This 2007 photograph of a fire ant brandishing her stinger is among the most heavily circulated images from my collection. Since several people have asked how I managed to coax the animal into such a dramatic pose, I bring you the following recipe.
But first, a digression into fire ant biology.
Everyone knows fire ants sting. But a lesser-known fact is that fire ants reserve that option mostly for vertebrate foes. When faced with a smaller threat like other ants, fire ants do something counter-intuitive. Instead of stabbing their stingers deep into enemy flesh, as one might expect a self-respecting fire ant to do, fire ants avoid stinging altogether.
When provoked by other ants, fire ants exude a droplet of venom and wave their stinger high in the air. This behavior is called "gaster flagging", and the volatile venom serves as a deterrent to their enemies and helps recruit nestmates to battle. When pressed, a fire ant may use her stinger, but as a brush rather than a dagger. Ant armor is so tough that stingers just bounce off, they aren't terribly useful. Thus, fire ants don't stab ant opponents, they smear them.
If you'd like a photo of a gaster-flagging fire ant, one of the easiest methods is to pit two ant colonies against each other.
1 fragment of a large colony of fire ants kept in a small tube or vial, with larvae.
1 colony of an aggressive non-fire ant species; other pests like Argentine ants are ideal
1 large, open box at least 2 feet in the longest direction
10-20 sheets of white printer paper
1 large, flat pan filled with water
1 moderately large rock
1 flashlight or desk lamp
1-2 strobes on stands with remote triggering
1 dSLR with lens capable of 3-4x magnification
Tape the white paper to the inside of the box until every surface is covered. Place the box on a table and hang a few more sheets to cover most of the top.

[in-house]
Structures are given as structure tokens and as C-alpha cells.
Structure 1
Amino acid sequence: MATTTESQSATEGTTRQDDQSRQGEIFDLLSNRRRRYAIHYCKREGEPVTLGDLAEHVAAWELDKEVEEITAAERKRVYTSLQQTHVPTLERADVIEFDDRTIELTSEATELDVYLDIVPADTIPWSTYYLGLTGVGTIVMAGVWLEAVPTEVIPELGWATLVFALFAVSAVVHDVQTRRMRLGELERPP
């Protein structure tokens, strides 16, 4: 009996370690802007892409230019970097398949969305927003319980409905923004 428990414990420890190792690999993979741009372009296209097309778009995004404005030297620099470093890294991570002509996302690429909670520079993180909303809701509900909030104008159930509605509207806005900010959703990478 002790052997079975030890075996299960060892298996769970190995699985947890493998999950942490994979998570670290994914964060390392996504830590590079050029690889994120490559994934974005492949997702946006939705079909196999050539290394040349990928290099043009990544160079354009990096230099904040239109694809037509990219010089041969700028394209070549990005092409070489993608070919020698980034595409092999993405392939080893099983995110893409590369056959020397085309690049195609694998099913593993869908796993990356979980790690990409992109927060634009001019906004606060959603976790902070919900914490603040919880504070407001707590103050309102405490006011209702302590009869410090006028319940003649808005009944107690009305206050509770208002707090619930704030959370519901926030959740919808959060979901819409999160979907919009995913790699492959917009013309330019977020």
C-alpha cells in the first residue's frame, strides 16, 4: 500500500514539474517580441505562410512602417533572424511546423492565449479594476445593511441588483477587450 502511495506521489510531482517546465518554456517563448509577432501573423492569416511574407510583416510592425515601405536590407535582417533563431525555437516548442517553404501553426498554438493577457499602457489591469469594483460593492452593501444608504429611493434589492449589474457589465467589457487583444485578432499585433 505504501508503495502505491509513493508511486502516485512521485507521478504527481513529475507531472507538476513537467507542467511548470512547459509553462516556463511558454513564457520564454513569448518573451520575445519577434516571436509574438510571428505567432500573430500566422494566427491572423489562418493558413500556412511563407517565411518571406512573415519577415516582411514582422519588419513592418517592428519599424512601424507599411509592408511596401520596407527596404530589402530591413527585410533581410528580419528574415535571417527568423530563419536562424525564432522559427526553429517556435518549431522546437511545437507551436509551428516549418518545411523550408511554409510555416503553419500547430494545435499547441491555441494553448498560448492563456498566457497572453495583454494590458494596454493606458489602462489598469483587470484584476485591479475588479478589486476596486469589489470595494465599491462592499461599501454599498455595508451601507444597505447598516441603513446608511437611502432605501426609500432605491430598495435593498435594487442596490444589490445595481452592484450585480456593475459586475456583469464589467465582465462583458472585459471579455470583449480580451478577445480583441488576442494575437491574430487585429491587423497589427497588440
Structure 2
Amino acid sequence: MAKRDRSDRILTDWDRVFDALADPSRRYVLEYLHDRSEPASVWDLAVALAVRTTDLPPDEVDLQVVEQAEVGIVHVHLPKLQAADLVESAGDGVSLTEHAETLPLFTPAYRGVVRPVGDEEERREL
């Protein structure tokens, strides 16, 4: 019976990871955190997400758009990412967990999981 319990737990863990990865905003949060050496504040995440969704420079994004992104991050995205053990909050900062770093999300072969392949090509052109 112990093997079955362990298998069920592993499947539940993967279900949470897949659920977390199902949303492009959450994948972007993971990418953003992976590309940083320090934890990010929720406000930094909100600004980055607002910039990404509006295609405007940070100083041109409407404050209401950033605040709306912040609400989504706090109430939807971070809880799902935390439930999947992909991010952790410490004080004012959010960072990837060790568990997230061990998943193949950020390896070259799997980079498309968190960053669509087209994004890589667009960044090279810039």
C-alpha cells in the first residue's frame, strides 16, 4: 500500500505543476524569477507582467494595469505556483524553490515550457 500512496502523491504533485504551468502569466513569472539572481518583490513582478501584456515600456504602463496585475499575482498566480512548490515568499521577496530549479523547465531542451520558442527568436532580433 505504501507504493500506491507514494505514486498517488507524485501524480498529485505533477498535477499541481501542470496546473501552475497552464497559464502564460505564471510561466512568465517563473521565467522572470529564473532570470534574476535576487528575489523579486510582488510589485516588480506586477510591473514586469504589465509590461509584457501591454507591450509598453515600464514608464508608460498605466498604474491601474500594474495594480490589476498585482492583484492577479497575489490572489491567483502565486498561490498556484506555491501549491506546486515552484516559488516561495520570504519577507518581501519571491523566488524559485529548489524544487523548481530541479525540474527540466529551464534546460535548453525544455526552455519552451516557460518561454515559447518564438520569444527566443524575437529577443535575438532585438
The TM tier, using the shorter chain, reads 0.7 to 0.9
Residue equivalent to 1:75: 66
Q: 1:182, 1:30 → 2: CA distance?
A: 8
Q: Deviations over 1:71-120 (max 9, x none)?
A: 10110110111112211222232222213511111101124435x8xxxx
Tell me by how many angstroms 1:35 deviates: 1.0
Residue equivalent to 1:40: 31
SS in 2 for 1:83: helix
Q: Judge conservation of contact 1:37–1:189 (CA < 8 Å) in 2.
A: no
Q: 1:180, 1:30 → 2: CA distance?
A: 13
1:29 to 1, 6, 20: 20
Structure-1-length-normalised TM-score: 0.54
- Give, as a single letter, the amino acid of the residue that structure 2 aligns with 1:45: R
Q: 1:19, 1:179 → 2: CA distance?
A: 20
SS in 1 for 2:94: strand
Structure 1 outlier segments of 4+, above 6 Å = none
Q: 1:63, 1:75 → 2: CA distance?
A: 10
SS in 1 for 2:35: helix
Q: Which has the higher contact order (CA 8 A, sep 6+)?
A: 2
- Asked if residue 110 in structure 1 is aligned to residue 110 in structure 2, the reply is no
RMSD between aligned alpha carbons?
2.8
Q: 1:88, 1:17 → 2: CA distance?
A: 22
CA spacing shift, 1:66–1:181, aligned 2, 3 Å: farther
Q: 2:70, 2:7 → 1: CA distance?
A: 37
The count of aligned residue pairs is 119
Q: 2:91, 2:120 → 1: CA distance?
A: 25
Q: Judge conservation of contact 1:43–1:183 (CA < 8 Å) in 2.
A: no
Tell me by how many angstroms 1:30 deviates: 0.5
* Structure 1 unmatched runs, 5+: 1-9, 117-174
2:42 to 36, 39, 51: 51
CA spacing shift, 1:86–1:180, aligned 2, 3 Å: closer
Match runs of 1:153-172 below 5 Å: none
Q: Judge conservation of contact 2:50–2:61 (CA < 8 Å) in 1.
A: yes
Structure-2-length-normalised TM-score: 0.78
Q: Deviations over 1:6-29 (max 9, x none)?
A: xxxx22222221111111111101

The box is your studio. Place your strobe(s) inside the box facing upward, set manually to 1/4 power. When the strobes fire, the box should fill with diffuse white light. Not only does the box produce lovely light, it solves one of the big challenges of photographing fire ants. Fire ant skin, it turns out, is among the most shiny of all ants, nearly like glass, and unless the lighting is carefully managed, the ants look terrible in photographs, all glare and shadow. Place the flashlight inside the box, or the desk lamp just outside, to serve as a working light so you can see what you are doing.
Place the pan with water in the bottom of the box, and the place the large rock in the pan. The pan is a moat to keep you free of fire ants while you work. Take a few photographs of the rock at high magnification, varying the camera and flash settings, until the exposure is correct. This experimentation step is important, as you don't want to be messing around when your box fills with angry stinging ants.
Put the tube with the fire ant colony fragment on the rock and open the entrance. Once the ants are out exploring, dump the competitor ants out on the rock in large numbers. At least some of the fire ants should begin gaster-flagging. When they do, choose one ant to focus on and follow her around. For the most dramatic angles, lower yourself so that you are shooting at the ants' level.
Once you have a series of images, chose the best ones and post-process to taste.
Warning: fire ants sting, and some people experience a dangerous allergic reaction. If you don't know how you react to fire ant stings, you should probably forego this project.